A hybrid chopped mat GMT/steel lower instrument panel carrier designed for Ford, Volvo and Mazda vehicles (see photo at right) is the first IP carrier to meet or exceed all world safety standards for full frontal and offset crashes. It reduces cost by 12 percent and weight by 2 kg to 3 kg (4.4 to 6.6 lb) and provides better noise/vibration/harshness (NVH) values than previous versions. It also consolidates parts and provides 90 percent of the vehicle’s cockpit fixing points, streamlining assembly. The cross-car beam has been reduced to a steel tube, which is fully encapsulated at junction points during compression molding without the knitlines that are seen in injection molding.
Newer programs are working on Class A exterior body panels and complete tailgates. For example, a tailored compression-molded D-LFT tailgate (see photo, p. 33) for the convertible model smartfortwo micromini car provides stowage for the vehicle’s soft top and A pillars when the canopy is down. The component is selectively stiffened with unidirectional continuous-glass profiles across the part to fulfill rear crash requirements, and is comprised of an inner and outer shell, the former with a grained surface and the latter with a good B surface that requires no painting. The tailgate is mounted as-is, without the need for secondary finishing operations.
While automotive still represents their largest market, long-fiber RTPs are claiming territory elsewhere. GMT products, in fact, have long been used in the industrial, materials handling and agricultural/lawn and garden markets and are now making inroads into the building trade. LFRTs are replacing metals in housings and chasses for portable electronics — personal data assistants (PDAs), mobile phones, portable MP3 players, notebook computers, appliances, shower head components, marine swim platforms and boat hatches. Injection-molded LFRTs also are expanding into the handheld power tool market where they are replacing painted die-cast metal. Senco Tools uses Ticona’s Celstran TPU-GF50-01 50 percent glass-reinforced thermoplastic polyurethane for the handle of its nail guns because of the material’s stiffness, strength, creep resistance and aesthetics at temperatures ranging from -40° to 150°F/-40°C to 66°C (see top photo, this page). Additionally, Alessandro Belli, founder/CEO of Italian design firm Tecnologie Urbane, has developed the first all-reinforced-plastic folding bicycle. It measures 48 cm by 36 cm by 12 cm (18.9 inches by14.2 inches by 4.7 inches) and weighs only 4.0 kg/8.8 lb. Its frame is Ticona’s 40 percent glass-reinforced Celstran LFRT (see opening photo, p. 1).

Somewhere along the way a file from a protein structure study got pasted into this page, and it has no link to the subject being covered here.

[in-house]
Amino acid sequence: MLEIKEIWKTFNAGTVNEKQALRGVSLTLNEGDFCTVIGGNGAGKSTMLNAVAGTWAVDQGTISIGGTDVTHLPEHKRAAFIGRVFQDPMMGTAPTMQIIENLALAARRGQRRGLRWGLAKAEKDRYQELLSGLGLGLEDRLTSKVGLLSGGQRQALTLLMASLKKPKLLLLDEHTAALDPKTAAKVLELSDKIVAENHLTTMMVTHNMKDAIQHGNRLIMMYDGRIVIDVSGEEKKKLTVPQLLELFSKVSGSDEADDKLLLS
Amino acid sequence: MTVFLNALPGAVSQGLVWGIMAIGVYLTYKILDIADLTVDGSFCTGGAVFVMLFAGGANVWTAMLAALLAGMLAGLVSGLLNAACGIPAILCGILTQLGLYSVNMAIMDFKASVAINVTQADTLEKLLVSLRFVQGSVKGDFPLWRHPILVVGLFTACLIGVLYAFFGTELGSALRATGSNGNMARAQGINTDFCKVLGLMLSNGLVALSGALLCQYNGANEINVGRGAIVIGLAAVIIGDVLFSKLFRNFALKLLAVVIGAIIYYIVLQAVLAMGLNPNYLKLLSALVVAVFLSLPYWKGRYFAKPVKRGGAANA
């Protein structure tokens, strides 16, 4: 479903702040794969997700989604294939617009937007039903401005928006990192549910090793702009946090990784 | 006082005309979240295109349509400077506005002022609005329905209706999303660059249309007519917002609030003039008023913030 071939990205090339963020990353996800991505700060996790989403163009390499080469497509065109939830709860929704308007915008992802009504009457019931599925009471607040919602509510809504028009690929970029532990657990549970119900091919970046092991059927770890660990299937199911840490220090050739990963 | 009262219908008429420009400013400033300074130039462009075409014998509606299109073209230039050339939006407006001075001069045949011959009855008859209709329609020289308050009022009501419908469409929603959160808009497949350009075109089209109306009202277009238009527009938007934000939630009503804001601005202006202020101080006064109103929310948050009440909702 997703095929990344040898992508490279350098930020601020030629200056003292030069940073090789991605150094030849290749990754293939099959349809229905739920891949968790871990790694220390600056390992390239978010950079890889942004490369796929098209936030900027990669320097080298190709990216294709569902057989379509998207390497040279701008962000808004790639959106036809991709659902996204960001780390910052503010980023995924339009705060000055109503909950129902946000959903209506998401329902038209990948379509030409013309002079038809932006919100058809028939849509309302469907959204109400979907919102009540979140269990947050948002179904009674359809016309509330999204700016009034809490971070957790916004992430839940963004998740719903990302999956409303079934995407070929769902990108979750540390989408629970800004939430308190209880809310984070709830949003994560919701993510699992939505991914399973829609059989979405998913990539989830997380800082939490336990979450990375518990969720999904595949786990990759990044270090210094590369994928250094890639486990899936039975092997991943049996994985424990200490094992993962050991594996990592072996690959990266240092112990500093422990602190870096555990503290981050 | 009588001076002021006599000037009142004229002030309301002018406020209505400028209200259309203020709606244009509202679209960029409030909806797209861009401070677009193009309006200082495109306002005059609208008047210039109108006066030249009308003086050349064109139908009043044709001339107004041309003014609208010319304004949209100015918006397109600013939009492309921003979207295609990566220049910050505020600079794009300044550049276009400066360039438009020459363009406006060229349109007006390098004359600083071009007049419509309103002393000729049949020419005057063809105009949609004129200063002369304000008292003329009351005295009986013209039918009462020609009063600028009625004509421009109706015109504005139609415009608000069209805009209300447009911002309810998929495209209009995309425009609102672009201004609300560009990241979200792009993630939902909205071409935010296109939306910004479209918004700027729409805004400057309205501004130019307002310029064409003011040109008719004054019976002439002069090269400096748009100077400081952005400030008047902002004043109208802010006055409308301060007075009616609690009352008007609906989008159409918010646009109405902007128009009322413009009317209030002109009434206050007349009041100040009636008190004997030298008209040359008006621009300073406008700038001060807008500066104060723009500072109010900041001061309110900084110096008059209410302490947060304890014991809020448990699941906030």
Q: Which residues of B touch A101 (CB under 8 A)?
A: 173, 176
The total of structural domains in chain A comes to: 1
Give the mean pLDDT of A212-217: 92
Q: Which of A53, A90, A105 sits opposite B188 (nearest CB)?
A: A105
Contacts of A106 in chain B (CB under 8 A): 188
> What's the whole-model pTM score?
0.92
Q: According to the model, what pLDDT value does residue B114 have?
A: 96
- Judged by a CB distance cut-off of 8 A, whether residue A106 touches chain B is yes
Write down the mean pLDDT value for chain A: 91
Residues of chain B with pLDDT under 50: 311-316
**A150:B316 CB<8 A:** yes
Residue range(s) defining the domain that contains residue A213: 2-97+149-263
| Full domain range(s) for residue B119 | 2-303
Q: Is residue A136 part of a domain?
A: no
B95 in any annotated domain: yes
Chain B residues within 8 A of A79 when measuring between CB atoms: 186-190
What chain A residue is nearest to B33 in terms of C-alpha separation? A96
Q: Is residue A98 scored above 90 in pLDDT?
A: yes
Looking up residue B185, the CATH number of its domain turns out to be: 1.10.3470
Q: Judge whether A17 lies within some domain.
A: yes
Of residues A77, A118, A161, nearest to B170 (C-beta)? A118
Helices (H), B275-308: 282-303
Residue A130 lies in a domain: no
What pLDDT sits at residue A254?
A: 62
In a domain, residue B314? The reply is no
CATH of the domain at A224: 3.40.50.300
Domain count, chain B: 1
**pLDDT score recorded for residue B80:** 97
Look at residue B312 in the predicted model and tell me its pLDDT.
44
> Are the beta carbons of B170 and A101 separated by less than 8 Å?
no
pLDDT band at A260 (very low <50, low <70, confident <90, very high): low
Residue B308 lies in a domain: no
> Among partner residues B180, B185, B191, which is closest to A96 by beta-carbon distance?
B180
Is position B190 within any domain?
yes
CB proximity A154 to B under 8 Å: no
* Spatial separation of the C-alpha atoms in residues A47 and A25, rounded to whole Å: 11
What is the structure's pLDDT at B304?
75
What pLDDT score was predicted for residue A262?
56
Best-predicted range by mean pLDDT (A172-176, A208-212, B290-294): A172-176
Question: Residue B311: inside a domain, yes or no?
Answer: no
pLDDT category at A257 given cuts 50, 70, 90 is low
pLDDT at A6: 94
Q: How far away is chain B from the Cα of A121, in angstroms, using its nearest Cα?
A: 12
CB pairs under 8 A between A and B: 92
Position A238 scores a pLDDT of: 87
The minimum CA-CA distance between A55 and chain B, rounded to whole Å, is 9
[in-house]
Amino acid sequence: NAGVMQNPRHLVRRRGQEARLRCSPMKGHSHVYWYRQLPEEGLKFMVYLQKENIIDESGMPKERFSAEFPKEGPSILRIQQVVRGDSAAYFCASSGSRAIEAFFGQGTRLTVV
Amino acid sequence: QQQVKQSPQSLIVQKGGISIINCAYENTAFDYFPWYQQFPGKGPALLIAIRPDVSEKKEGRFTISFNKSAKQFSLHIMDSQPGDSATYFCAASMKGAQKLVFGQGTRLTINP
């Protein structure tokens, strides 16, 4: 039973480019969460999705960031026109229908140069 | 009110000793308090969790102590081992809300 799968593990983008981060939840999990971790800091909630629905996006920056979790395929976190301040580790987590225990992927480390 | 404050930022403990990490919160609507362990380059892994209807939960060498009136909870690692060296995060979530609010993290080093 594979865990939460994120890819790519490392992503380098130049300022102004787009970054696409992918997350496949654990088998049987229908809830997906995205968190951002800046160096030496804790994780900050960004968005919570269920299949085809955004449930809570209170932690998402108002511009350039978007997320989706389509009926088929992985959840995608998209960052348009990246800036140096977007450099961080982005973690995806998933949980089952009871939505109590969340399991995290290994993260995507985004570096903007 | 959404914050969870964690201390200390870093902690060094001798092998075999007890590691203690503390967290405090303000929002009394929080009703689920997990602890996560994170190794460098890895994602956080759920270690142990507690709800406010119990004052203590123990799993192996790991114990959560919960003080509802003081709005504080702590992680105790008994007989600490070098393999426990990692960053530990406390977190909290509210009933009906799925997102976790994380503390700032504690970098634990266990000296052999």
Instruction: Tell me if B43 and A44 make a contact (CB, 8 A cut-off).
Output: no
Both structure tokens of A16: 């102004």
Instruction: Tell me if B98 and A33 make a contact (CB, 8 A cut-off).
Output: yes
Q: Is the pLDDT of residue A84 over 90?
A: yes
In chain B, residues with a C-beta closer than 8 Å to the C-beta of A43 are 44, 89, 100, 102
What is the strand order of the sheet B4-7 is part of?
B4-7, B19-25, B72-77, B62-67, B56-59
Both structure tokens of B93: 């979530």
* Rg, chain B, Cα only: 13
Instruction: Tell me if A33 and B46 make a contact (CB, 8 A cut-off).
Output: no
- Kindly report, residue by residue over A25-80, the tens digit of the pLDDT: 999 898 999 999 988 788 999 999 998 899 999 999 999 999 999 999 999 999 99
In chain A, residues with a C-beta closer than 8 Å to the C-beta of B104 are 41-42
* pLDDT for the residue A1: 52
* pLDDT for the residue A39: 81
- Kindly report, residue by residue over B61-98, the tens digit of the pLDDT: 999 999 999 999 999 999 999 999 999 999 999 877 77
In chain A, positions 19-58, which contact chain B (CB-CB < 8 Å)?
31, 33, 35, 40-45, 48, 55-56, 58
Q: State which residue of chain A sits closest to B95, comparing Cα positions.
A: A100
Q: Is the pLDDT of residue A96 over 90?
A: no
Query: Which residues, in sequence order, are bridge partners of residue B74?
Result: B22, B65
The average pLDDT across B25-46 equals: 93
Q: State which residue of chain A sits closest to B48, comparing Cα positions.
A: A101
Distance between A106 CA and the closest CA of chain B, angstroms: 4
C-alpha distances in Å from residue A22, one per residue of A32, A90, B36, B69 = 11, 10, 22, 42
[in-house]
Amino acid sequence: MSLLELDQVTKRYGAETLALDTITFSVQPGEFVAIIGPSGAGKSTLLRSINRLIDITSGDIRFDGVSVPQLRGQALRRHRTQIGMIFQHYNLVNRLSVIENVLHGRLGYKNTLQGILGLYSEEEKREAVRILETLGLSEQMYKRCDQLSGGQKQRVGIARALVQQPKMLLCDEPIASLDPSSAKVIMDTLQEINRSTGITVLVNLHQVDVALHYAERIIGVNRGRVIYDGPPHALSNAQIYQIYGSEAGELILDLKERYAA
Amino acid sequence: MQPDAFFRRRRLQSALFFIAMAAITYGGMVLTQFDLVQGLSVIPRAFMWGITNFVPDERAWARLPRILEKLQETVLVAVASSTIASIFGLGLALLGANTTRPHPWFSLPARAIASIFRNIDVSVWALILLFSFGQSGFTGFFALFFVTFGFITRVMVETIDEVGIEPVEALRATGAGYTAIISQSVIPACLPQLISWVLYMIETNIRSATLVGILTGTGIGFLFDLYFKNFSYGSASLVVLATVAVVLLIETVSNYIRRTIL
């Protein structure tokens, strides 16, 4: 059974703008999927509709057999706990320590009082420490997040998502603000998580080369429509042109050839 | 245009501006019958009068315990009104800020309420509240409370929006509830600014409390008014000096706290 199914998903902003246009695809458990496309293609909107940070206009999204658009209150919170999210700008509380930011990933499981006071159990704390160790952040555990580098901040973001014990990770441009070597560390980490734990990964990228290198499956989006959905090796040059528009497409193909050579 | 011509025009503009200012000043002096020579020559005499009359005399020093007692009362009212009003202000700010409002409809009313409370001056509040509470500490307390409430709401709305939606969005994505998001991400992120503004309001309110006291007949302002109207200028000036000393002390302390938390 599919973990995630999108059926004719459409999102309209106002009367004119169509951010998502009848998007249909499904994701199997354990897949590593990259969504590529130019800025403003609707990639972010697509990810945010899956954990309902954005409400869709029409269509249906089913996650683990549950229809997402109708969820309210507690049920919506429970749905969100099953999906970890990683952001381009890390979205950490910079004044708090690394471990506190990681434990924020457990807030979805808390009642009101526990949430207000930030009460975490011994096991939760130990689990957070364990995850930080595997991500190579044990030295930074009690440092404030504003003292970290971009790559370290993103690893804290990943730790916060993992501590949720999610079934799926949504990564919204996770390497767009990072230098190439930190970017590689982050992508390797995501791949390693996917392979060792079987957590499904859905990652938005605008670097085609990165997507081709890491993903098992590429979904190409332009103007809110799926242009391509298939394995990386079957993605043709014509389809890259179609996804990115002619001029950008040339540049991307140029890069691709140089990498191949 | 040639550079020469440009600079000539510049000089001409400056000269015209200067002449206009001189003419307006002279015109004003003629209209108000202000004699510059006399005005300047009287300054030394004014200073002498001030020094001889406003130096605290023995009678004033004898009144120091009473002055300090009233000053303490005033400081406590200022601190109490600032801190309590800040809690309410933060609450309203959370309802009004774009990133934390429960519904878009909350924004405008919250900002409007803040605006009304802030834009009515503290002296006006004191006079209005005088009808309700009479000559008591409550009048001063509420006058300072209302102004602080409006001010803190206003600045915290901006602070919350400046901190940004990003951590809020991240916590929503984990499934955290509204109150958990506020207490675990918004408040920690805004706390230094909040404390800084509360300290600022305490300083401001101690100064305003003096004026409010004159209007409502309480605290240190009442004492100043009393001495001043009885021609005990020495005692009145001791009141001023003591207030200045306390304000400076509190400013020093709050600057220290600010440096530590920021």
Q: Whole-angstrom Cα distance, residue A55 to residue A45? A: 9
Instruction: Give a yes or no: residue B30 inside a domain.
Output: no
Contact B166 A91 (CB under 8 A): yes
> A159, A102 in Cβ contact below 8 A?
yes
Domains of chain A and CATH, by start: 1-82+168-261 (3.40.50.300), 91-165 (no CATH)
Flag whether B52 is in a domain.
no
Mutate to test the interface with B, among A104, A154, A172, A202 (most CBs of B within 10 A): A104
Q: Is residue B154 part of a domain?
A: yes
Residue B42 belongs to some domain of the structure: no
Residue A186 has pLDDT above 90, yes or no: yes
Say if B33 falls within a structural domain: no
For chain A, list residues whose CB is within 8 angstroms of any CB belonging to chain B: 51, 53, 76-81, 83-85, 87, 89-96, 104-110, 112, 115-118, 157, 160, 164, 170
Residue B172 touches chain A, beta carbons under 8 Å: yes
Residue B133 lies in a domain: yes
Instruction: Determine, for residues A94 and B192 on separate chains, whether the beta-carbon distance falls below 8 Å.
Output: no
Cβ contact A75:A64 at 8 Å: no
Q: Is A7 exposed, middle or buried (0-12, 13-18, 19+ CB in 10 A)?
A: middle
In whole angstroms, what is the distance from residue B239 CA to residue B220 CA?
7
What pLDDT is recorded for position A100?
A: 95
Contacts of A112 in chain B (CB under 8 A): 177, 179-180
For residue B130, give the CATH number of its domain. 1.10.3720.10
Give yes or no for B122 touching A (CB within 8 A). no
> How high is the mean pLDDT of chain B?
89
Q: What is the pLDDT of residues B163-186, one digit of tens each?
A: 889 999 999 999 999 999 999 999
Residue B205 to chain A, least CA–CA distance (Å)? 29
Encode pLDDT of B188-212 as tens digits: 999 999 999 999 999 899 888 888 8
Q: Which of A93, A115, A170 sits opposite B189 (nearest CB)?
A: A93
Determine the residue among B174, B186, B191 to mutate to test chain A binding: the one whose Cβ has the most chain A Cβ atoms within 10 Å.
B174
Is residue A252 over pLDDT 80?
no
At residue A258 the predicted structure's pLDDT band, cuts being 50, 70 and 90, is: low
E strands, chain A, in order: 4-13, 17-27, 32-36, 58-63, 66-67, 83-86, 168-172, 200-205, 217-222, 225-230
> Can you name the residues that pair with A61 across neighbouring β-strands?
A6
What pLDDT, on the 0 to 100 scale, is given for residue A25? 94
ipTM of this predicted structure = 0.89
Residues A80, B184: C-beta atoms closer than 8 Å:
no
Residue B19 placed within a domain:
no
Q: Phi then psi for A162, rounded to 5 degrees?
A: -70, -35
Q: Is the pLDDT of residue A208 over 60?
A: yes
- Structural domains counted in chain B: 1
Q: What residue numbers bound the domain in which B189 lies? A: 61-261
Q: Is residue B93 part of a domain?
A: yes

Despite the myriad applications already captured by long-fiber RTPs, those who develop them claim there’s plenty of room for new ideas and broader applications. Industry veteran Gerry Battino, who began his career at PPG Industries (Pittsburgh, Pa.) where GMT was developed, spent several decades at AZDEL and later became president of Quadrant Plastic Composites Inc. (Quadrant’s North American arm), says, “GMT was originally developed to replace sheet metal and die-cast parts.” Given the incursion of LFRTs into part categories once dominated by GMTs, Battino predicts that “the fastest growth area for GMT in the future will be as a flat-sheet product to replace other materials, such as plywood, luan and thermoset composites. It might be cut or shaped a bit, but it will not be flow molded.” Applications could include concrete forms, scaffolding, large containers, the sides and floors for railway cars or heavy truck trailers, and load floors for buses. “When you think about how easily you can vary glass content and construction, sheet thickness, resins, colorants and other additives, and how you can combine GMT sheet with other materials to make sandwich panels,” he points out, “you’ve got a whole new way to use GMT materials.”
Precompounded LFRT, says Maria Ciliberti, Ticona’s automotive regional sales manager, Ticona Engineering Polymers, “is an engineering materials solution that is in its infancy. We can offer many derivations of LFRT products by varying the resin matrix, type of reinforcement, length of the reinforcement and even the product form beyond cylindrical pellets.” Noting that LFRT suppliers are already incorporating carbon and basalt fibers and even thermoset matrices, she claims, “We have really only just begun.”
Fraunhofer’s Dr. Henning is equally upbeat about D-LFTs. “The direct process offers the opportunities for a lot of different material and reinforcement combinations,” he says. “Glass, carbon, natural, and synthetic fibers and different types of polymers — olefins, engineering plastics, bio-based resins — are already being introduced and will be especially interesting for tailored LFT.”